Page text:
We live in a world where modern cars are incredibly efficient and do much for us, leaving driving to become a pretty anodyne experience given the crowded roads that are all around us. So jumping in a pre-war car and having some motor sport fun is increasingly attractive to a generation that will derive little or no genuine pleasure from driving on the road.

Taking a humble Austin Seven and attacking a muddy hill or pushing an oversteering Frazer Nash sideways through a corner in a race becomes a visceral activity that has captured the imagination of many.

Ben Maeers in historic car race

Ben Maeers comes from racing stock

Obviously, many of the younger VSCC competitors are part of a dynasty with historic and vintage cars and many youngsters are now taking over racing in the cars that their parents and even grandparents used to use.

On trials, where a four-seater car allows up to four people to take part in the event, family teams are commonplace and it’s not just a question of the youngsters sitting in the back doing the obligatory bouncing. Many of them are now driving while parents take to the back seats to be chauffeured around. The same applies in racing, where younger drivers are coming in and racing enthusiastically in cars that are family heirlooms.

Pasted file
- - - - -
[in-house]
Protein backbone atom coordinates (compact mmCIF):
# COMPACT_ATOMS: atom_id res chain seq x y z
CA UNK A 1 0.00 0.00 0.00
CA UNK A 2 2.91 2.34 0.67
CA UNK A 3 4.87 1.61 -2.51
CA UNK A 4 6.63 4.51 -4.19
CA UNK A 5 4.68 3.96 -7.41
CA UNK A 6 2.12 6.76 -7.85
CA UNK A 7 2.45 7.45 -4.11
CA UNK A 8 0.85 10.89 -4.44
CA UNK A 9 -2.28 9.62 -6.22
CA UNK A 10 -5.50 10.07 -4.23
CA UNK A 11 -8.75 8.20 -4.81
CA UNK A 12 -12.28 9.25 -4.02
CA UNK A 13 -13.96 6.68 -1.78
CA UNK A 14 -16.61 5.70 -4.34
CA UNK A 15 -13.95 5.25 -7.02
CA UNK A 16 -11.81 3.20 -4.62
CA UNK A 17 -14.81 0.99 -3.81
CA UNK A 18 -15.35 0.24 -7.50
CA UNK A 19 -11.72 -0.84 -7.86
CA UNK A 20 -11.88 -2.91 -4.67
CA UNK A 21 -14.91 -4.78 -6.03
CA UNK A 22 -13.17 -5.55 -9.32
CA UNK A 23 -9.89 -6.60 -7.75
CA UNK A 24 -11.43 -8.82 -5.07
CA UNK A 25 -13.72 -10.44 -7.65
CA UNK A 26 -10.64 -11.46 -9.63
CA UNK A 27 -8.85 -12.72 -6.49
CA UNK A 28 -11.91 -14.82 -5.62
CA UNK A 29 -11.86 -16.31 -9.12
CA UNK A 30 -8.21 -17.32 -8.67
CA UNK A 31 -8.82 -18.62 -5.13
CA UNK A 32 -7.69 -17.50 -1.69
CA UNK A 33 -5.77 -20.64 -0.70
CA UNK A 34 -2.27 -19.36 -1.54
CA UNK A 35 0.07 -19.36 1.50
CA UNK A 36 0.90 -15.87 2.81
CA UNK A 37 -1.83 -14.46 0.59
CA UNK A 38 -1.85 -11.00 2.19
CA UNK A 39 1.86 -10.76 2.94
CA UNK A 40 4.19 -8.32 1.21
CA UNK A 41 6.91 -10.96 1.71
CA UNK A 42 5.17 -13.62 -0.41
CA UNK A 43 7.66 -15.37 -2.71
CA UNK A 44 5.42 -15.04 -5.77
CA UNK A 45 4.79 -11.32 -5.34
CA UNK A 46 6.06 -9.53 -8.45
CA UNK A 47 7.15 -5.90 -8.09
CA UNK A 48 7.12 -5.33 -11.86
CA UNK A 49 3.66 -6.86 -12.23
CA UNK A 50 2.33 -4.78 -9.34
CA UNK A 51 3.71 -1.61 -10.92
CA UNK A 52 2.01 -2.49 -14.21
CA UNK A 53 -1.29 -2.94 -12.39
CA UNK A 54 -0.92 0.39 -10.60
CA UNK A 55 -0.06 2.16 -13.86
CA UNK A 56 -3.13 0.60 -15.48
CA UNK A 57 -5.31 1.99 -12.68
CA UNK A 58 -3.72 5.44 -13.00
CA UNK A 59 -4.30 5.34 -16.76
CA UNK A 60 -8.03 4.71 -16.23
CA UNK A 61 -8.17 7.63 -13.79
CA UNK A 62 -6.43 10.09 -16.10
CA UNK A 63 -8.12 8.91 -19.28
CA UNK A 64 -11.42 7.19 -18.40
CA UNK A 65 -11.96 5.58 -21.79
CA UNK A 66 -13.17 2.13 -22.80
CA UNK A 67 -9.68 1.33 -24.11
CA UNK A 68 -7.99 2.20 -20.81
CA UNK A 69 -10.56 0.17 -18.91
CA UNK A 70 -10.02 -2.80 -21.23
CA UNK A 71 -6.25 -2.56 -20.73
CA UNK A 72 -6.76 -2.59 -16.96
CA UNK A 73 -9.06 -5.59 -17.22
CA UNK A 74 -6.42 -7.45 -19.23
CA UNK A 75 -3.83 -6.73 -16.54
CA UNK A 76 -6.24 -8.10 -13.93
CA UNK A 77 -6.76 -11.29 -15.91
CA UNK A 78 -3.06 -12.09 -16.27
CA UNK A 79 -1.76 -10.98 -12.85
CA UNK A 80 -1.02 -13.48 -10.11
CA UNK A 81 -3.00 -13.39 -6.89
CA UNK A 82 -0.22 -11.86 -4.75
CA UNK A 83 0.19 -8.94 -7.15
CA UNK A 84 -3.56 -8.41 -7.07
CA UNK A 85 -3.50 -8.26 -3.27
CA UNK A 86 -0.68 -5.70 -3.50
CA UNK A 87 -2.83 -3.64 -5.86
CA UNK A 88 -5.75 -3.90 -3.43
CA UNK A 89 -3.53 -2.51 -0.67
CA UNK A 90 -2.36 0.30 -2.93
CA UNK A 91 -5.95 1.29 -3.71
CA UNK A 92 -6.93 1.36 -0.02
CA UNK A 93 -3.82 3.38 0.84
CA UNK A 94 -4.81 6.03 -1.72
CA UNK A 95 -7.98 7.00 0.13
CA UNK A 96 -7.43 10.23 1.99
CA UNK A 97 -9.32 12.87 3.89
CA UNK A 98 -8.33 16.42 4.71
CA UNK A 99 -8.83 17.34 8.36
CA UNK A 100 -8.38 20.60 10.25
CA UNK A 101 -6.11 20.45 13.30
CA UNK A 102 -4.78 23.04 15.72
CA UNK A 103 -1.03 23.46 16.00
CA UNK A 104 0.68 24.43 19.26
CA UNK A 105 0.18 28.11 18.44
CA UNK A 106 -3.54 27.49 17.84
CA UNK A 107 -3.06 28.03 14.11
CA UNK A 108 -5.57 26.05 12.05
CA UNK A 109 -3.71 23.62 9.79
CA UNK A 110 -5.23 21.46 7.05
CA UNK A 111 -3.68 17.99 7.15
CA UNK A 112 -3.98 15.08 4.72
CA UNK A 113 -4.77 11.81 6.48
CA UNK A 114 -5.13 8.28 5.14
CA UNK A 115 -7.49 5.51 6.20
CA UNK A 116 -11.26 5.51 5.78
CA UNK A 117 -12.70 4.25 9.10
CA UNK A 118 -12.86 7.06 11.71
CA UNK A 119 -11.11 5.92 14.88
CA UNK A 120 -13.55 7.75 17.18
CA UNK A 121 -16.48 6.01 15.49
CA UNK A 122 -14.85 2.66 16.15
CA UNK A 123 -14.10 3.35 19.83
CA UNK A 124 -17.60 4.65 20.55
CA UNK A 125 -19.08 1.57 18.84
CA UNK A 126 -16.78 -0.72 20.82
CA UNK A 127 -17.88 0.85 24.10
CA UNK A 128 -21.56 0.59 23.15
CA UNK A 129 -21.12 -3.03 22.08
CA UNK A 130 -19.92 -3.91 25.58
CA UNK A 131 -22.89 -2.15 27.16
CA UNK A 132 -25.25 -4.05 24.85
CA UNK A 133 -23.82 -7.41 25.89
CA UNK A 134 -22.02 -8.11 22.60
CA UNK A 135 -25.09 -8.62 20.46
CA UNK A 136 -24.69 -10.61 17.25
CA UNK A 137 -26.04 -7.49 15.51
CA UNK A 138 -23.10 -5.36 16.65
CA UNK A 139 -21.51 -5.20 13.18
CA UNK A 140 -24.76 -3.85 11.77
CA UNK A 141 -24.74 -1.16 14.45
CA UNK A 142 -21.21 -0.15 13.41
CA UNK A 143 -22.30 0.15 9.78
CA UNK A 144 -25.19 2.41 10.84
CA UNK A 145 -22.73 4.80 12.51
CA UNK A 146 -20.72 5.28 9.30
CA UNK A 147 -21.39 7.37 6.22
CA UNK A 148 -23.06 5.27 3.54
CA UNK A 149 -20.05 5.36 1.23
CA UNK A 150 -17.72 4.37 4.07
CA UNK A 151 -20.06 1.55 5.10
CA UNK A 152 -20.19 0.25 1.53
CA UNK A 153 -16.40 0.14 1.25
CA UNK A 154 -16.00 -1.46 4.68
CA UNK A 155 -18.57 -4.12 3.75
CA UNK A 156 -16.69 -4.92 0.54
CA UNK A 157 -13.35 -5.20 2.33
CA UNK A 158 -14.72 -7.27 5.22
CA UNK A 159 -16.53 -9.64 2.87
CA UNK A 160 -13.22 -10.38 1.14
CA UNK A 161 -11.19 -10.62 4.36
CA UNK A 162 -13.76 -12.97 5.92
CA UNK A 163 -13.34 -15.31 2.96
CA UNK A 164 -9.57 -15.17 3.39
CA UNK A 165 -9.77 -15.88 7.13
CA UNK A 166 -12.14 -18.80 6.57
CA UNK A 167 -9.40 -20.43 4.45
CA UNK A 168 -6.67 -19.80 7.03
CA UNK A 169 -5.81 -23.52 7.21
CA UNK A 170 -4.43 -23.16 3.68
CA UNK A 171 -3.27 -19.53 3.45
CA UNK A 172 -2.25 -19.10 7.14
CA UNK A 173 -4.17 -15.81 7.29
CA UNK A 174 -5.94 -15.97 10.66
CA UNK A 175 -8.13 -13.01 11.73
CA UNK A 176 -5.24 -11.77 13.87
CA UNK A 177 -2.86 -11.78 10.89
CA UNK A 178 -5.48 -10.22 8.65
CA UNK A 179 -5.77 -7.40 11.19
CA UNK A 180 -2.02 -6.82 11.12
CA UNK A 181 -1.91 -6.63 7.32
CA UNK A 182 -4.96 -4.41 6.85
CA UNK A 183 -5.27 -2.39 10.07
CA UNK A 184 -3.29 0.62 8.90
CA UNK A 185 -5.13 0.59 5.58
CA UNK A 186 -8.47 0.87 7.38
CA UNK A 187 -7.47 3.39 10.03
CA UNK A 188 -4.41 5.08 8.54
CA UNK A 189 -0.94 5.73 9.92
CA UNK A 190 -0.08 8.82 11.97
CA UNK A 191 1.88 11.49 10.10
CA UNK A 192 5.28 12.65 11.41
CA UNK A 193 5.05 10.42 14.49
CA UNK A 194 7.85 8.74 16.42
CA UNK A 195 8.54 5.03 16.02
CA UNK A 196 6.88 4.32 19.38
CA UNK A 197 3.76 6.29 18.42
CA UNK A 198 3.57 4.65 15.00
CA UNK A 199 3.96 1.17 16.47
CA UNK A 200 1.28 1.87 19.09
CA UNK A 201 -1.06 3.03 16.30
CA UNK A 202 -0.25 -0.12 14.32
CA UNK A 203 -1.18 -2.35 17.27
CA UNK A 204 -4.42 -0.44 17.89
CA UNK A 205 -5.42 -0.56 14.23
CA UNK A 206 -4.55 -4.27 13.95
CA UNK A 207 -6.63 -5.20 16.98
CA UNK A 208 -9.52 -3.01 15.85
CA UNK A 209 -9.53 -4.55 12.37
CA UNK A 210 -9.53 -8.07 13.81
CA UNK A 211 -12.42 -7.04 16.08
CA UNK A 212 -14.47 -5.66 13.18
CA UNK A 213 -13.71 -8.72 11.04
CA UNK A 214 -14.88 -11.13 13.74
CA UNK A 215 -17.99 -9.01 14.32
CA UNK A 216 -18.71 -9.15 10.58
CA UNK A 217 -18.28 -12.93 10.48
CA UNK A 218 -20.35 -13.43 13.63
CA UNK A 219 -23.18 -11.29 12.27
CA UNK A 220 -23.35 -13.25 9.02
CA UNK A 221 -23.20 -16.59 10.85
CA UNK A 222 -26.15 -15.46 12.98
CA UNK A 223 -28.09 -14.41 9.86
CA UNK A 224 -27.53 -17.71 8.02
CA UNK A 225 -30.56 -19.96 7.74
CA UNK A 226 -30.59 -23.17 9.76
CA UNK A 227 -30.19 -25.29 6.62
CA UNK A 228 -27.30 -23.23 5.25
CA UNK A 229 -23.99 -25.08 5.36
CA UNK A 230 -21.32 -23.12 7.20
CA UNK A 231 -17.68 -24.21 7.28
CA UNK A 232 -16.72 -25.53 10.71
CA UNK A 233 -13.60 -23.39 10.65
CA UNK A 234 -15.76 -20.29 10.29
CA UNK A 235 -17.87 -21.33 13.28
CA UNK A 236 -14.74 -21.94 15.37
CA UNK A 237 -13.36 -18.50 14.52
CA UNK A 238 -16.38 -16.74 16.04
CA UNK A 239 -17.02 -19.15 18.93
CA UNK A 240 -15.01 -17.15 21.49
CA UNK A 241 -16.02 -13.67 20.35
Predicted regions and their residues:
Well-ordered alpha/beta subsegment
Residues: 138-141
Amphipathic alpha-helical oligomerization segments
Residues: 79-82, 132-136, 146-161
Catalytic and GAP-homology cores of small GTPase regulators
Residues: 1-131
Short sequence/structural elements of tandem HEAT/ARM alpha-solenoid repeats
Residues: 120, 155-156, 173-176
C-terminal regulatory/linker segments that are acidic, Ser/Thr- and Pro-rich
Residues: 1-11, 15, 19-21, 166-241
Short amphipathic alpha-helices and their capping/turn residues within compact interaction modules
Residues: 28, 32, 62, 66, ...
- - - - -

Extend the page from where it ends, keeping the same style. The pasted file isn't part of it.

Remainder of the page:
Classic MG throws up spray in the wetImportantly, learning about engineering is far easier on a pre-war car than on a modern road or competition car. “It is a fantastic way to learn and it is very easy to be hands-on with a pre-war car,” says Brown. “We’re also working closely with initiatives like Starter Motor.” Based in Bicester, the Starter Motor charity was set up to encourage the next generation of young people driving, maintaining and enjoying historic cars.

In its drive to bring on younger members, the VSCC is backing its pledges with hard cash as all members aged 18-30 get half-price membership and half-price entry fees to all competitive events. This makes a massive difference to the cost of competing and comes with a five-figure cost to the club. “It is a big commitment,” admits Brown.

One of the best initiatives has been the Under 30s races, which started at Cadwell Park in 2019 when 20 young drivers contested a handicap in a diverse range of pre-war cars, with victory going to the Frazer Nash Super Sport of Louis Parkin.

“There are a lot of quick drivers in Frazer Nashes, 10 to 15 good drivers”